Amida (Syria) 41 Diyarbakir - Άμιδα

Ἄμιδα - Amida, fortress city of Syria, now Diyarbakir, Turkey
Hits: 41
Works: 6
Latitude: 37.915500
Longitude: 40.240800
Confidence: High

Greek name: Ἄμιδα
Place ID: 379402UAmi
Time period: RL
Region: Syria
Country: Turkey
Department: Diyarbakir
Mod: Diyarbakir

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Search for inscriptions mentioning Amida (Αμιδα...) in the PHI Epigraphy database.

Modern Description: Now known as Diyarbakır. Situated on the upper Tigris close to a bend in the river, surrounded by good agricultural land and not far from Egil, a small town some 40kms to the north that had been the seat of the Armenian dynasty of Ingilene/Sophene. Its original importance was probably linked to its position on the road from Nisıbis to the Euphrates crossıng near Malatya. This route may in fact be the same as that used by the Assyrian merchants trading with the Hittites and with the later Persian Royal Road from Susa to Sardis. The medieval bridge SE of the city had a Roman predecessor. First strongly fortified by emperor Constantius II in 354 but captured by Shapur in 359 when its population was still small, following a siege. Ammianus Marcellinus states that there were then only 20 000 people in the town, including soldiers and refugees. But after this siege, which he graphically describes, the town soon recovered and was greatly expanded to cope with new refugees coming from Nisibis in 363. According to the ND two units of cavalry were based here - the Equites scutarii Illyriciani and the Equites ducatores Illyriciani. It was captured again by the Persians in 502; after his experience of the city baths, Kavad decided to build baths in all the cities of his kingdom. Diyarbakır is famous today for its ring of dark basalt walls, originally constructed by Constantius but many times repaired. The ring is currently 5½ kilometres long and stretches 1.1 km from north to south, 1.5km from east to west; it had to be substantially enlarged after AD 363 to encompass the new quarter settled by refugees from Nisibis. One ancient church remains within these walls as well as a citadel in the north-east corner currently being opened to visitors. There are still small numbers of three different groups of Christians resident. An amphitheatre must have existed in the sixth century because in AD 504 during a siege by the Romans when the city was temporarily in the hands of the Persians, ten thousand of the inhabitants (according to Zacharias) were herded by the Persian garrison into the amphitheatre without food. The Persian garrison withdrew in the winter of 504/5 after payment of a large amount of gold and in the following year the fortress of Dara was constructed and other city fortifications were strengthened. Gabriel published a study of the city and in particular of its walls in 1940. A monograph on Amida was also published in 1910. In the period concerned here, Amida became a crucial fortified settlement which, because of its strategic position on international trade routes, came to dominate the region between Taurus and Anti-Taurus. It has remained the principal city of this region ever since. (A. Comfort, https://ore.exeter.ac.uk/repository/handle/10036/68213)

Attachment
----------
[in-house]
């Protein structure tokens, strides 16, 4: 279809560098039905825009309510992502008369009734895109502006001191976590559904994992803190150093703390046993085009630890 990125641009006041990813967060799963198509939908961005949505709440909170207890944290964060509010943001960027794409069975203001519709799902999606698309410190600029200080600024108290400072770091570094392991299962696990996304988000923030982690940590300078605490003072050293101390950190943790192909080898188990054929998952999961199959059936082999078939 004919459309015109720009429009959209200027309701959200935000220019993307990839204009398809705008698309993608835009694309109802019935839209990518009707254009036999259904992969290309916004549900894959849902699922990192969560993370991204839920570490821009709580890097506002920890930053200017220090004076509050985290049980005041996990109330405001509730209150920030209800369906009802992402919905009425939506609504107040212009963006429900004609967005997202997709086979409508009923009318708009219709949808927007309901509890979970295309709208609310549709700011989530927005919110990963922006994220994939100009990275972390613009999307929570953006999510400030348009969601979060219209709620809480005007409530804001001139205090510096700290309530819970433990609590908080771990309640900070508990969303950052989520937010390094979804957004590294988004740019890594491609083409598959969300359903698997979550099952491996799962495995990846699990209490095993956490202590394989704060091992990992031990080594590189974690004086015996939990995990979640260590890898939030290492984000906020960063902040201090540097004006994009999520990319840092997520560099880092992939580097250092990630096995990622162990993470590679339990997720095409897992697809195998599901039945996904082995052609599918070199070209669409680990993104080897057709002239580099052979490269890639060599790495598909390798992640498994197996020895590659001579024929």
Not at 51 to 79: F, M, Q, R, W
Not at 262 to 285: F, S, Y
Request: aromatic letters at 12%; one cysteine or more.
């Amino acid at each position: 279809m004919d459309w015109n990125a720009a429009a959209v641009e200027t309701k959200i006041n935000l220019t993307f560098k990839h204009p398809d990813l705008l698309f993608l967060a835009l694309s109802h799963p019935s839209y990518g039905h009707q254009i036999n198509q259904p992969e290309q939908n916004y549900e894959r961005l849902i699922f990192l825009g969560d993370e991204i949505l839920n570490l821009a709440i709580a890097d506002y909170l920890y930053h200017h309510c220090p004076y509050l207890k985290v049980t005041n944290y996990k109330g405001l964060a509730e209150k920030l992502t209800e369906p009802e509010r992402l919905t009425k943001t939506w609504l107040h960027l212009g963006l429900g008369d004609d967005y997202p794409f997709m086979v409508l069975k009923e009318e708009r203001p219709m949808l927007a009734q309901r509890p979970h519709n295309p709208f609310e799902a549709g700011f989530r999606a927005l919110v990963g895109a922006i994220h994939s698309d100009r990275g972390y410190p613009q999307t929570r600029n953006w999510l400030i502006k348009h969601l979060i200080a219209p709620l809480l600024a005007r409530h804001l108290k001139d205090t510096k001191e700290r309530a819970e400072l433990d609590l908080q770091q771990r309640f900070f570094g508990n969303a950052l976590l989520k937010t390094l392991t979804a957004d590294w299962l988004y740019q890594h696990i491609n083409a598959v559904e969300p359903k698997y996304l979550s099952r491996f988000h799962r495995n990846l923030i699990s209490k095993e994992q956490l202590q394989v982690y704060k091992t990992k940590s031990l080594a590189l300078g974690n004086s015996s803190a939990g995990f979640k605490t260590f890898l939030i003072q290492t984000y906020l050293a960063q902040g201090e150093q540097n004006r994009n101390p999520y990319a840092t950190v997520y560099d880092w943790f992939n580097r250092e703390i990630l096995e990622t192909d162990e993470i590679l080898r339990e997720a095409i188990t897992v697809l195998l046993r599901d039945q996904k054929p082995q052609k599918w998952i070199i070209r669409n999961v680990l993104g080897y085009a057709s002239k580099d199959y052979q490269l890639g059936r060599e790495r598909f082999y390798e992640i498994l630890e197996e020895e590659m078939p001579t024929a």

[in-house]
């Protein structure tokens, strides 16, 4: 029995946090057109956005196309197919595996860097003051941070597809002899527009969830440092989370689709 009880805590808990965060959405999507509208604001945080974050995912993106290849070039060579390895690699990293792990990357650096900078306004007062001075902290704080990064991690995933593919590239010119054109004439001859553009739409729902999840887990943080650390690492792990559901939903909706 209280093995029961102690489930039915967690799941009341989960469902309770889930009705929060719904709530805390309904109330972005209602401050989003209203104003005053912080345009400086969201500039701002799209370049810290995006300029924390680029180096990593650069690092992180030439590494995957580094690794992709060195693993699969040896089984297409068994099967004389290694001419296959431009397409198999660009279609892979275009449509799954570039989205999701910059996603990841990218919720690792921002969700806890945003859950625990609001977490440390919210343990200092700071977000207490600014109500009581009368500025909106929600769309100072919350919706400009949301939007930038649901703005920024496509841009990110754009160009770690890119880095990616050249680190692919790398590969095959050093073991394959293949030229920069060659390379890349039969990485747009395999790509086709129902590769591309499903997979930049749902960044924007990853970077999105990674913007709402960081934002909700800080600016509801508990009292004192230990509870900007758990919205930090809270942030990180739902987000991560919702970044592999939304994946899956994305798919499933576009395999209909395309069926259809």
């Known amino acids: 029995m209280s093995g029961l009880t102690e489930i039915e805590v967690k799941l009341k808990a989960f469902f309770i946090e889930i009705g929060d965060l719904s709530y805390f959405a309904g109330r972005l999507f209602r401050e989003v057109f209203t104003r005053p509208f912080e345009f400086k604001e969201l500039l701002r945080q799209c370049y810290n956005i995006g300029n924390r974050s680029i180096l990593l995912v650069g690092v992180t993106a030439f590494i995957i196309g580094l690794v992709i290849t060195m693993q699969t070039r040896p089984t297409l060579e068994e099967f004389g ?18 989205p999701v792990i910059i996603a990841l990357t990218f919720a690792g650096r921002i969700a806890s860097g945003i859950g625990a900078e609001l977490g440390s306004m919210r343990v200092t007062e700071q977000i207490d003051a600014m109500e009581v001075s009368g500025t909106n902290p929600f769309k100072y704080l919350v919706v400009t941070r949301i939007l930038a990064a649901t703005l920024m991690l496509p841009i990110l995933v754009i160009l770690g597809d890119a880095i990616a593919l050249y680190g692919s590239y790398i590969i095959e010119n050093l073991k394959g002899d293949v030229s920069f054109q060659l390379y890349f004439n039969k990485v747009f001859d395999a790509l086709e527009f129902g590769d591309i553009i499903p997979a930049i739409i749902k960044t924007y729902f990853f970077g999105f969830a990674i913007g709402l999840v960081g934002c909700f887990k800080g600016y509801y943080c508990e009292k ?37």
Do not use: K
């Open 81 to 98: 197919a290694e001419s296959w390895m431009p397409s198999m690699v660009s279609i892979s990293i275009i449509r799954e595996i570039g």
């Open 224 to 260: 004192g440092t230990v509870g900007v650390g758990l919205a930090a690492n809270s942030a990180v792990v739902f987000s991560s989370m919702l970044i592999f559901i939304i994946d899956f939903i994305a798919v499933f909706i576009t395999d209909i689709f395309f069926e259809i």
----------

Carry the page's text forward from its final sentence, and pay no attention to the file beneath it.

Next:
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(JBK)


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